Into this do­mes­tic idyll comes a vis­i­tor, a gruff, rather awk­ward older man, help­fully called Man (Ed Har­ris), whom, to mother’s as­ton­ish­ment, her hus­band wel­comes into the house like a long-lost friend. The next morn­ing sees the ar­rival of Woman, Man’s wife, played, with icy, vamp­ish allure, by Michelle Pfeif­fer. (Who some­how man­ages, amid the mount­ing in­san­ity, to ac­tu­ally un­der­play her role, and so be­comes the best thing in the film.) Then come their sons, frac­tious and un­ruly – and then oth­ers, more and more of them. Be­fore long the house has been in­vaded, and order has been usurped by chaos.

To my mind, the most fright­en­ing hor­ror film of the past decade was Bryan Bertino’s The Strangers (2008). Another home in­va­sion nar­ra­tive, it was the an­tithe­sis of this one: mea­sured both in its set-up and its con­sum­ma­tion of ter­rors. The premise was a model of sim­plic­ity: a house in the mid­dle of nowhere, a knock at the door one night … And its tone of strict re­al­ism proved in­valu­able. The cou­ple’s re­la­tion­ship, with its long­stand­ing net­work of griev­ances and re­sent­ments, ren­dered them ab­so­lutely cred­i­ble cre­ations. As a re­sult, their suf­fer­ing was all the more aw­ful to be­hold.

This film, pop­u­lated by archetypes un­de­serv­ing even of proper names, never achieves any­thing like the same power. In­stead, it set­tles for a suc­ces­sion of minute-by-minute sen­sa­tions. Un­for­tu­nately, there are 120 of those min­utes, and you soon come to feel ev­ery one. Which is to say, there’s an in­ter­minable qual­ity to the film’s rapidly es­ca­lat­ing hor­rors, a dis­tinct feel­ing, as it goes on, of Oh god, what now? Most of Aronof­sky’s stylis­tic tics are present and ac­counted for: the grainy 16mm stock; the screen-fill­ing close-ups of a stricken fe­male face; the fades to white to de­note chap­ter di­vi­sions. But there’s also a good 15 min­utes, as the film en­ters its fi­nal, bru­tal­is­ing stretch, which con­sists of pretty much the same two shots, re­peated over and over: an im­age of some­thing hor­rific, fol­lowed by a tight close-up of Lawrence’s face, look­ing ei­ther ter­ri­fied or in­cred­u­lous. And all the while, she’s given lit­tle to do ex­cept de­liver variations on the same two lines: “What are you do­ing?” and “Get out!” The spec­ta­cle may be ex­trav­a­gant, but the filmic gram­mar is en­er­vat­ing.

It’s also hard to de­cide ex­actly what the film is try­ing to say, given that there ap­pear to be two par­al­lel and com­pet­ing metaphors at work. On the one hand, it’s a kind of cre­ative’s mea culpa, a warn­ing about the per­ils of lov­ing a cap­i­tal-A artist, who’ll not only al­ways put his work (and, by ex­ten­sion, his au­di­ence) ahead of your needs, but will use you up and then dis­card you when it suits him. Mak­ers of texts are mon­strously self­ish, the film seems to be say­ing, be­cause they have to be: the en­tire bur­den of cre­ation rests upon their shoul­ders. (In the Be­gin­ning, after all, was the Word.)

But then there’s that whole Mother Earth thing. And the fi­nal act, which might char­i­ta­bly be de­scribed as “Michael Bay art-house”. It sug­gests that the film is, in fact, in­tended to rep­re­sent hu­man­ity’s on­go­ing dev­as­ta­tion of its home – a pan­the­ism that sits un­easily, not only with the artist-metaphor but also with its con­cur­rent de­ploy­ment of Judeo-Chris­tian im­agery: the Cain and Abel in­tru­sion of war­ring broth­ers, an evo­ca­tion of the suc­ces­sive plagues of Egypt, a fi­nal, hor­ri­fy­ing Eucharist …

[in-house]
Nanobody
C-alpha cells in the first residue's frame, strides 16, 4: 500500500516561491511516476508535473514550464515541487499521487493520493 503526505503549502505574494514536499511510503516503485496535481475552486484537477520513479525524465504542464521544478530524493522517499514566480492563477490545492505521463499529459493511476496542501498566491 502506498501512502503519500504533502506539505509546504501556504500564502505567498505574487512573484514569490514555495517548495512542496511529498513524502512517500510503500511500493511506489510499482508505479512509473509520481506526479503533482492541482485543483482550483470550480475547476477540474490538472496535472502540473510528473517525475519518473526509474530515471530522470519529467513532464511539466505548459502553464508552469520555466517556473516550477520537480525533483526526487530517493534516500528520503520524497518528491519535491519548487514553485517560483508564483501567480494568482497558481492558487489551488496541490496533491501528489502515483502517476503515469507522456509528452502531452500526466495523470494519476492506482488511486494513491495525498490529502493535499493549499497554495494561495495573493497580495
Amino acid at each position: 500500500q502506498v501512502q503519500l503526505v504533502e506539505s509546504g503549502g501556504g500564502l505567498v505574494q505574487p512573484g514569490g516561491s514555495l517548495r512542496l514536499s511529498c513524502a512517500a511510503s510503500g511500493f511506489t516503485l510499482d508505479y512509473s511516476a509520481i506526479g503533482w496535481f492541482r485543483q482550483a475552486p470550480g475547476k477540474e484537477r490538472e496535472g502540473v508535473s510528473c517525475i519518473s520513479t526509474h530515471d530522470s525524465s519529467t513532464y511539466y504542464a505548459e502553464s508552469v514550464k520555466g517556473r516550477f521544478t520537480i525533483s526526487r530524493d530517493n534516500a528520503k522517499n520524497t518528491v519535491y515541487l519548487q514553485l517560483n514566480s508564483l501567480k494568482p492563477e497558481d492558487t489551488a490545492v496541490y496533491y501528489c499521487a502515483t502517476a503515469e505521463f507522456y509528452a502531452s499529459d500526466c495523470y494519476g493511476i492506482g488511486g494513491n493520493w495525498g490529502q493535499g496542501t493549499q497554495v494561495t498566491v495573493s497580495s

So which is it? Is Bar­dem’s char­ac­ter a Christ fig­ure, obliged to love and lead his fol­low­ers even unto his own ex­tinc­tion? Or just another self-ob­sessed ar­se­hole with a three-book deal? Or is he (and I rather sus­pect this might be the cor­rect an­swer) Aronof­sky him­self, ask­ing that we ex­cuse his self-ob­ses­sion even as he in­sists we marvel at its re­sult?

Var­i­ous tropes of Gothic hor­ror – a locked room, a hidden base­ment, a stolen child – are evoked and just as quickly dis­carded; the re­sult feels in­creas­ingly piece­meal and ran­dom. And while there’s un­doubt­edly an as­pect of the film that’s de­ter­minedly anti-logic, a pil­ing-on of sym­bols in a man­ner fa­mil­iar from night­mares, you never feel en­tirely con­vinced that its maker knows quite what he’s try­ing to com­mu­ni­cate. The sound de­sign, never sub­tle, be­comes op­pres­sive; sen­sory over­load tips to­wards graphic ex­cess, then fades to an eerily be­calmed coda, in which the film’s one unar­guable the­sis is ad­vanced. And (you’ll par­don me if I sound, for a mo­ment, like a click­bait head­line) it’s a shock­ing one.

Jen­nifer Lawrence be­gan a re­la­tion­ship with Aronof­sky dur­ing the mak­ing of this film; I sus­pect, how­ever, its end may be nigh. What is the film’s fi­nal shot, if not a frank ad­mis­sion of her dis­pens­abil­ity? Artists are pricks, it’s true – like the scor­pion, it’s in their na­ture – but they’re also ra­pa­cious. And if mother! leaves you with any­thing, it’s the cer­tainty that there’s al­ways another pretty young muse avail­able, to be used up and cast aside.